Yorktown police launch registry to better serve residents with special needs, mental illness
The Yorktown Police Department is arming officers with information on the community's most vulnerable by creating a new registry.
The department just launched a First Responders Resident Alert Registry. Residents can now fill out a form on the department's website to identify anyone in the home with developmental disabilities, medical conditions or mental health issues.
Yorktown Police Chief Robert Noble says the goal of the program is to reduce emotional trauma, fear and conflict during interactions between first responders and residents with special needs.
"If we know that lights and sirens can agitate that person, if we know, OK, not to speak directly to them," says Noble.
Yorktown Councilwoman Luciana Haughwout, who is also a mental health professional, says the registry will be helpful.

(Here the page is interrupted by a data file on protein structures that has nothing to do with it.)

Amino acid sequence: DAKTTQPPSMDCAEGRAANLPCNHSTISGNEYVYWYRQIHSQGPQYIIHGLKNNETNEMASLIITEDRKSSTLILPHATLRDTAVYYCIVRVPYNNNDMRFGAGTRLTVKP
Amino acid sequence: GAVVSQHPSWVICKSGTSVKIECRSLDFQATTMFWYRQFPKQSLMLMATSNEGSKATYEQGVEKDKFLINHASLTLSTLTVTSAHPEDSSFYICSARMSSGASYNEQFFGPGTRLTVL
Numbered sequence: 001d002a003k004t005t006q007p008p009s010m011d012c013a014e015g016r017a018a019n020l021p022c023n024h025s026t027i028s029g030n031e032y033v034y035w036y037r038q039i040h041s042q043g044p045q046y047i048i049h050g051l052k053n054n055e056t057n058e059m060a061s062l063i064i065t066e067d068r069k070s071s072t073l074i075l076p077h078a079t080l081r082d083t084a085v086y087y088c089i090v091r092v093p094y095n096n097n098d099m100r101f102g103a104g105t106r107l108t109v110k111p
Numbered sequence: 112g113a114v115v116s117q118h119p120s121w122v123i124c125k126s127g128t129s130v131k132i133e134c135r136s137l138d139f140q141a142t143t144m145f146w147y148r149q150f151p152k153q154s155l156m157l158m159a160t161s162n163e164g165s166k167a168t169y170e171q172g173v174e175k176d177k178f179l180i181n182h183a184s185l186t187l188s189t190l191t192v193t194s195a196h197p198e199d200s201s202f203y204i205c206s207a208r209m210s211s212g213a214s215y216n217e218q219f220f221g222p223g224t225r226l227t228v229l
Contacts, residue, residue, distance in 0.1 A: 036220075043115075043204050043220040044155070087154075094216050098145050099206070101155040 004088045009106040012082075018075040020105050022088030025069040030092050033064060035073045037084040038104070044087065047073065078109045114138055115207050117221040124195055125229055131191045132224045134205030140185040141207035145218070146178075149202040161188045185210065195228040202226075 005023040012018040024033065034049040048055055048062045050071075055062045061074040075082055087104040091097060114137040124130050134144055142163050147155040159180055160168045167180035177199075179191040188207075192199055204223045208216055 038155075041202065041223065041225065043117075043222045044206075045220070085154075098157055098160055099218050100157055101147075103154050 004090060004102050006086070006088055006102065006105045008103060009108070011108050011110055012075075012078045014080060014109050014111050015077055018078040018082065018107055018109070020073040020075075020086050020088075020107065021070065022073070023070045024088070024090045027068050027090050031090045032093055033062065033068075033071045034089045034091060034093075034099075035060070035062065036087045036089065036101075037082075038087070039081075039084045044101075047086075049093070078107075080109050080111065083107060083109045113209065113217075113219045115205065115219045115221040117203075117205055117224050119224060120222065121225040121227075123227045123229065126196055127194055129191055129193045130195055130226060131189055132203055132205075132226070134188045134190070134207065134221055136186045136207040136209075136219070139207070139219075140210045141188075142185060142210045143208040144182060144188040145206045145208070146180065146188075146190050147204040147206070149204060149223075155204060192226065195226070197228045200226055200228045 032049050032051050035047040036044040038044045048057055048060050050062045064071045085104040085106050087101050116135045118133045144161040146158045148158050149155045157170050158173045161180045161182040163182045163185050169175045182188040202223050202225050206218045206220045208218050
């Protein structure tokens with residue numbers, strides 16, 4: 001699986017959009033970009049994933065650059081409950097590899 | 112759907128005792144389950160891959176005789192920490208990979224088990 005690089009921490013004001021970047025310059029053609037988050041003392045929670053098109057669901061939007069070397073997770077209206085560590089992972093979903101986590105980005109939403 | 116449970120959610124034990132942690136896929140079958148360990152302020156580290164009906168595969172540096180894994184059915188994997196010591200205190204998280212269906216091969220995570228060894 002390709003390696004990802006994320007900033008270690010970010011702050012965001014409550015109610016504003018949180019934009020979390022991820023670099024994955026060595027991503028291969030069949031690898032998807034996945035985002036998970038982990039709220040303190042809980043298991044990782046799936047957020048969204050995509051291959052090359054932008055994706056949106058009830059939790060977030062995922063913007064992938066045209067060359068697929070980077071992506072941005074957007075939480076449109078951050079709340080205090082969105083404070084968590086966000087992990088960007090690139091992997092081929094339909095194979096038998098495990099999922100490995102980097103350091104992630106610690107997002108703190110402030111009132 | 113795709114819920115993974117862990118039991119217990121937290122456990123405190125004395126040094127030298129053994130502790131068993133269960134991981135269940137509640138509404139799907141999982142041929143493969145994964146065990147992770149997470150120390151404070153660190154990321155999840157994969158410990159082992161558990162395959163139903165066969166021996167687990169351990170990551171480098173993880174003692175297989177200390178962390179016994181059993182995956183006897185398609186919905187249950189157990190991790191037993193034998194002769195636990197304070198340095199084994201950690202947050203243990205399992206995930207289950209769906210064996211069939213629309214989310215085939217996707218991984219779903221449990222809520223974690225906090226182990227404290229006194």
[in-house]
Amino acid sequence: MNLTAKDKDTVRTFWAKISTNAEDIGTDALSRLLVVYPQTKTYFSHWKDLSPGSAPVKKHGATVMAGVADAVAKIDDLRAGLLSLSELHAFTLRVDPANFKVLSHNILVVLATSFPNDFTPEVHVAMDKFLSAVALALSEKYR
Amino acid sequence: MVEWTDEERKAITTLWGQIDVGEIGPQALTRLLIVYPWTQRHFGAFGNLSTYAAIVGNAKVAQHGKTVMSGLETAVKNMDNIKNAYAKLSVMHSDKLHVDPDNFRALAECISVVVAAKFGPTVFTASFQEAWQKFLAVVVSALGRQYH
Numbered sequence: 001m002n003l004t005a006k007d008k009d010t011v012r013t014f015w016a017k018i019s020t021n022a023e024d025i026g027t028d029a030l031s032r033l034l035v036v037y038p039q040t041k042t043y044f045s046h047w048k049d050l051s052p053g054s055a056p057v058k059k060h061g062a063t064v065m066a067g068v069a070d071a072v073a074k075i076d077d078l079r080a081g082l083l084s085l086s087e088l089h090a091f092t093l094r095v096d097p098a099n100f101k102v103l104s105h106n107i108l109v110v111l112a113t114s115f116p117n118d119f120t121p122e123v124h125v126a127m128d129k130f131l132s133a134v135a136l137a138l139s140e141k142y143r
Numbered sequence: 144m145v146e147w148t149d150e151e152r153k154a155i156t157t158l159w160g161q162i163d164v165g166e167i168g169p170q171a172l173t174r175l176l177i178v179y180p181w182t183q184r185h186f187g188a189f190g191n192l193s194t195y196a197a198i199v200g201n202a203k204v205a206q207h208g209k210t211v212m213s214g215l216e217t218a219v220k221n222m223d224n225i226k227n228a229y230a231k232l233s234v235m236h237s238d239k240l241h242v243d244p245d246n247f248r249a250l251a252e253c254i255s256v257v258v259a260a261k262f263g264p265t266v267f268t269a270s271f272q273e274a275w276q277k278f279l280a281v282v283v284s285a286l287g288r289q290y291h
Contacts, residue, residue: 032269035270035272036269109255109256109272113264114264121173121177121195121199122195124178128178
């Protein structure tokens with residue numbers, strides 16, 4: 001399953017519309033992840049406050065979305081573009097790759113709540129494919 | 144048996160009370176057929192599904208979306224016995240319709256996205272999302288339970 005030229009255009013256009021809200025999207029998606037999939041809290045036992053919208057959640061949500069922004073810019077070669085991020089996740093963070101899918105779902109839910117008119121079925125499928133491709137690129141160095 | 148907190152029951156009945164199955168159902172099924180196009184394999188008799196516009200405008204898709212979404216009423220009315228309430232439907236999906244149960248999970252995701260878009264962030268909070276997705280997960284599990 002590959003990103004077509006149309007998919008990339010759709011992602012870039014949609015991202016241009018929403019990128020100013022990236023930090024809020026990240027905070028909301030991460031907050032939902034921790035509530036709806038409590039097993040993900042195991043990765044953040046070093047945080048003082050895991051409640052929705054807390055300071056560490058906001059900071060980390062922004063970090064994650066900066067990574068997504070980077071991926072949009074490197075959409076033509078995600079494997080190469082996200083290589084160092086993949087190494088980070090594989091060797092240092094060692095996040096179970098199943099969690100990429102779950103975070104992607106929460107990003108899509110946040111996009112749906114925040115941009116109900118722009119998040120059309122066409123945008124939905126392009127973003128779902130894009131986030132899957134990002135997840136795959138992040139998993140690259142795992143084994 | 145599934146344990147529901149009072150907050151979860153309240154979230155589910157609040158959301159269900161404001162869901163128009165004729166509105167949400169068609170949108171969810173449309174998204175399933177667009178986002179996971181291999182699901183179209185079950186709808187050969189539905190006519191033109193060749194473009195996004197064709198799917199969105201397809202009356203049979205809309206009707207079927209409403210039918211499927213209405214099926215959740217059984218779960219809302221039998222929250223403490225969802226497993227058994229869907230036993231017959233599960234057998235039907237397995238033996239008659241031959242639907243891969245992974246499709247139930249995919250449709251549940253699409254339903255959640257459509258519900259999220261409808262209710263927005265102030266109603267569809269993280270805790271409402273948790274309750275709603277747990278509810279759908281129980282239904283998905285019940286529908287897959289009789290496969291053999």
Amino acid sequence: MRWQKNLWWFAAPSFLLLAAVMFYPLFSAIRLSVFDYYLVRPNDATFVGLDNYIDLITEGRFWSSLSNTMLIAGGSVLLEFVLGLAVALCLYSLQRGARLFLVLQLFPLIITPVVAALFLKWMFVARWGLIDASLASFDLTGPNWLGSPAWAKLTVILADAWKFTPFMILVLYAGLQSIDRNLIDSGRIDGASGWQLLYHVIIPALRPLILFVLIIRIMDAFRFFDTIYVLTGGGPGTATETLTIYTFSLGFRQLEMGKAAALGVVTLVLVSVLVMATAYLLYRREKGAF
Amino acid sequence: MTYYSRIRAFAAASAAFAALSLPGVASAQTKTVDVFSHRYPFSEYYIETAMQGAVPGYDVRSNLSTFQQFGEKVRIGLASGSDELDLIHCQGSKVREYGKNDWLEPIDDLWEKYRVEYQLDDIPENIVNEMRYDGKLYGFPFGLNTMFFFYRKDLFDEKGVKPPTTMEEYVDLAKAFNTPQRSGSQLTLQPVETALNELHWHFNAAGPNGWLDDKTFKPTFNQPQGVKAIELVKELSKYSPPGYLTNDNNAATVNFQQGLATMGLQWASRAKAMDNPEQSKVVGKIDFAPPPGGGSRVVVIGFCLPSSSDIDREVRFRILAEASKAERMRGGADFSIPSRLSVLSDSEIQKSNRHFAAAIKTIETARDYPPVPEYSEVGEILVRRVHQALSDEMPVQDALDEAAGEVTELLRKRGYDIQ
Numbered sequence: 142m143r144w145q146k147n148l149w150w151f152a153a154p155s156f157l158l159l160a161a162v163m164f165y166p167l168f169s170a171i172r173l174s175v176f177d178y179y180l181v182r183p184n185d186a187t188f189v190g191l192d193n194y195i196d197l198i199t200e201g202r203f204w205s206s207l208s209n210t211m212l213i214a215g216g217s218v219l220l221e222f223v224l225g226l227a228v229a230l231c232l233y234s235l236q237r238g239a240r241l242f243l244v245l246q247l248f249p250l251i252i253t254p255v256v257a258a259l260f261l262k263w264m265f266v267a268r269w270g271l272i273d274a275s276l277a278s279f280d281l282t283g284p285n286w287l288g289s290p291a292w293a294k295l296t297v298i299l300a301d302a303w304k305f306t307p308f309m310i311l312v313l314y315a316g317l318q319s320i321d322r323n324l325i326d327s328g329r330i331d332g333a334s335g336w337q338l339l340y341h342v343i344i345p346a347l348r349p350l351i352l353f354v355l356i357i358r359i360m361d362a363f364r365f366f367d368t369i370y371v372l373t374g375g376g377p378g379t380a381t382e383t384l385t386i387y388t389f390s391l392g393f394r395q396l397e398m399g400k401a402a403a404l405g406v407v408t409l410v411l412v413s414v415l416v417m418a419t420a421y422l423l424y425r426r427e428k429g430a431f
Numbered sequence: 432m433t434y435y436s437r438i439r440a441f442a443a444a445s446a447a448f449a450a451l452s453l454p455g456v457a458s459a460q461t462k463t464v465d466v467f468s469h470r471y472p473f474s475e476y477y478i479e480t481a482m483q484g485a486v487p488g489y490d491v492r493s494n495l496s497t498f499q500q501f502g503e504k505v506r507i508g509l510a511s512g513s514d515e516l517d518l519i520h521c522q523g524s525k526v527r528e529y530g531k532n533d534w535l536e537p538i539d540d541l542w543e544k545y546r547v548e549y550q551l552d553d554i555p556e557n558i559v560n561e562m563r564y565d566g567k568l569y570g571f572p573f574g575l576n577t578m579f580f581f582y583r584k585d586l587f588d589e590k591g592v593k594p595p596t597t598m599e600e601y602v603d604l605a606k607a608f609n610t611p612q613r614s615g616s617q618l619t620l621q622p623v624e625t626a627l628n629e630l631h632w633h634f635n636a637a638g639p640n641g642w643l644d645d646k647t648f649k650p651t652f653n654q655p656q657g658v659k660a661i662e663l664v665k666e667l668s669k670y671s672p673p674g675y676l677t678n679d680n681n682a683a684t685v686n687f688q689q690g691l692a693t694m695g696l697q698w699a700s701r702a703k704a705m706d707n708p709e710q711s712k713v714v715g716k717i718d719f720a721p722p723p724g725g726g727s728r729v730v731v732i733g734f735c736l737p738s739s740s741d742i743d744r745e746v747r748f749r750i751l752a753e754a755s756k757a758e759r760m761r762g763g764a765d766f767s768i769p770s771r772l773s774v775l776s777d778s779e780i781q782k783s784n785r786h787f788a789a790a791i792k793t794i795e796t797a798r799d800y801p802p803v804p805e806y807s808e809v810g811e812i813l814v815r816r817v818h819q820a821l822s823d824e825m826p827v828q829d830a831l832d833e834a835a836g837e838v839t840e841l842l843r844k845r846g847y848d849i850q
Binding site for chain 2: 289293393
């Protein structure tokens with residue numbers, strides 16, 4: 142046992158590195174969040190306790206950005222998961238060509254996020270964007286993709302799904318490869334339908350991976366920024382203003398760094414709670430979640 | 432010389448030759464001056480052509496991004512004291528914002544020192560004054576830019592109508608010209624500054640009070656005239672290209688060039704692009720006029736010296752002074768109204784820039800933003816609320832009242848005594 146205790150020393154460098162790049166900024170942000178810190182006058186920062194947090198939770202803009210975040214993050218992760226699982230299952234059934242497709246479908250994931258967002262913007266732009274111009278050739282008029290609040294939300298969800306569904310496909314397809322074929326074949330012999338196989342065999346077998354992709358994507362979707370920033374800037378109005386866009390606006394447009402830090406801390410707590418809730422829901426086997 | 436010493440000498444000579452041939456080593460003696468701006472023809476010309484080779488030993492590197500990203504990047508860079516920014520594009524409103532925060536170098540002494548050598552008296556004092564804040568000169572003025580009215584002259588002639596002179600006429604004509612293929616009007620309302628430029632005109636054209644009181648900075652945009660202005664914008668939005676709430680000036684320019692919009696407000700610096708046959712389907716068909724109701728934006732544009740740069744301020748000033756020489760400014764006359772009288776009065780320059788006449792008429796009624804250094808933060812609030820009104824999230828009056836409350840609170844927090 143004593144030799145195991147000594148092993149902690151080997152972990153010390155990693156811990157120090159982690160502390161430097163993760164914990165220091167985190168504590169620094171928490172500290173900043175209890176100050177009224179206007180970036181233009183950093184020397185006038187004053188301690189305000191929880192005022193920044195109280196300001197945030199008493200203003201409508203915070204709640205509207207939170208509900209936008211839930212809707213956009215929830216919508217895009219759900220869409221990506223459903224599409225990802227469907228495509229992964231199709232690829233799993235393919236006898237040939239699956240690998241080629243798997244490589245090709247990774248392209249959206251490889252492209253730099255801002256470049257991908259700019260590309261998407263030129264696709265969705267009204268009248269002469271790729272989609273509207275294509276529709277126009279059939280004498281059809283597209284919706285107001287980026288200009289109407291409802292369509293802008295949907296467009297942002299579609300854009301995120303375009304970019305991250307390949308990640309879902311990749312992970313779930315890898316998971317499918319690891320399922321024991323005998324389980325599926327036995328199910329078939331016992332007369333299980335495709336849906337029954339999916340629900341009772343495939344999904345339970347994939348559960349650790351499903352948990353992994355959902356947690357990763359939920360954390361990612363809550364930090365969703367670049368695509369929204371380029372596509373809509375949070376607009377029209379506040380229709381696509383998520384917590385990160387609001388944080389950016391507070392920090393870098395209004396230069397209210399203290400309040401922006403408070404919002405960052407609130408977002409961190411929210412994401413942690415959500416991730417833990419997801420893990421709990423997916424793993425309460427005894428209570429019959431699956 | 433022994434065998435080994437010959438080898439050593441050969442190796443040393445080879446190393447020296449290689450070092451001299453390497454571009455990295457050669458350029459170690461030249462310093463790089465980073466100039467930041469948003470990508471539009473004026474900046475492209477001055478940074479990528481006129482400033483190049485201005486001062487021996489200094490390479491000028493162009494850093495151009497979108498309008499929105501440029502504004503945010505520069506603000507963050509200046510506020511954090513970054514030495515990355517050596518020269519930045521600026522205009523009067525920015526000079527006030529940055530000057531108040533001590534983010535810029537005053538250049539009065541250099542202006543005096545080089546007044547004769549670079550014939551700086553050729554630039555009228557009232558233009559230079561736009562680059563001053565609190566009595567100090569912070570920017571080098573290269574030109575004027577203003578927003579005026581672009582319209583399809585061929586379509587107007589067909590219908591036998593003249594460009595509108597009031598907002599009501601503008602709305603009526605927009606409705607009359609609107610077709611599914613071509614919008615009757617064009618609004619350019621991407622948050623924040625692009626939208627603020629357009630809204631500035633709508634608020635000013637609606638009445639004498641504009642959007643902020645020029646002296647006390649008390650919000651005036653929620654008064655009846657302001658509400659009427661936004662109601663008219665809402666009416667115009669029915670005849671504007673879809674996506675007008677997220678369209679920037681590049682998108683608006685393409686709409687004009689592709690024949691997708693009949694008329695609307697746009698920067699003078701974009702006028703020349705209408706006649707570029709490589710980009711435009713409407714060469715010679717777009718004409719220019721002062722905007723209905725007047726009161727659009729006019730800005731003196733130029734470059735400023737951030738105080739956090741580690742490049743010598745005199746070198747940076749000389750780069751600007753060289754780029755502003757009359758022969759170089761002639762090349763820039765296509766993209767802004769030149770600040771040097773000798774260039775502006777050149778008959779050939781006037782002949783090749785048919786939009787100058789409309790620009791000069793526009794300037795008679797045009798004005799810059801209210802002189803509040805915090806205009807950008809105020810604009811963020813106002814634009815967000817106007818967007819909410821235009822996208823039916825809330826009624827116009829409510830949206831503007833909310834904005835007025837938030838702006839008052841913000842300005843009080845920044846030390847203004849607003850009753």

"They may have a vocal thing and there is no real, it's just fear, and they cannot absolutely control their bodies and they look like they are violent, and you go and constrain them when all they need is a hug," says Haughwout.
This is one of only a few registries of this kind established by police departments in the state. As News 12 reported, Port Chester police launched their own special needs registry last September. Police departments in Harrison and Croton-on-Hudson also have their own Special Needs Registry.
Chief Noble says the registry is 100% voluntary and confidential. The information will only be shared with police responding to calls for assistance.
The goal is to ensure safe encounters for both police and the people they serve. Chief Noble says he hopes to offer his officers training that will help them better respond to calls with people with mental illness or special needs.
So far, 18 residents have signed up in the registry.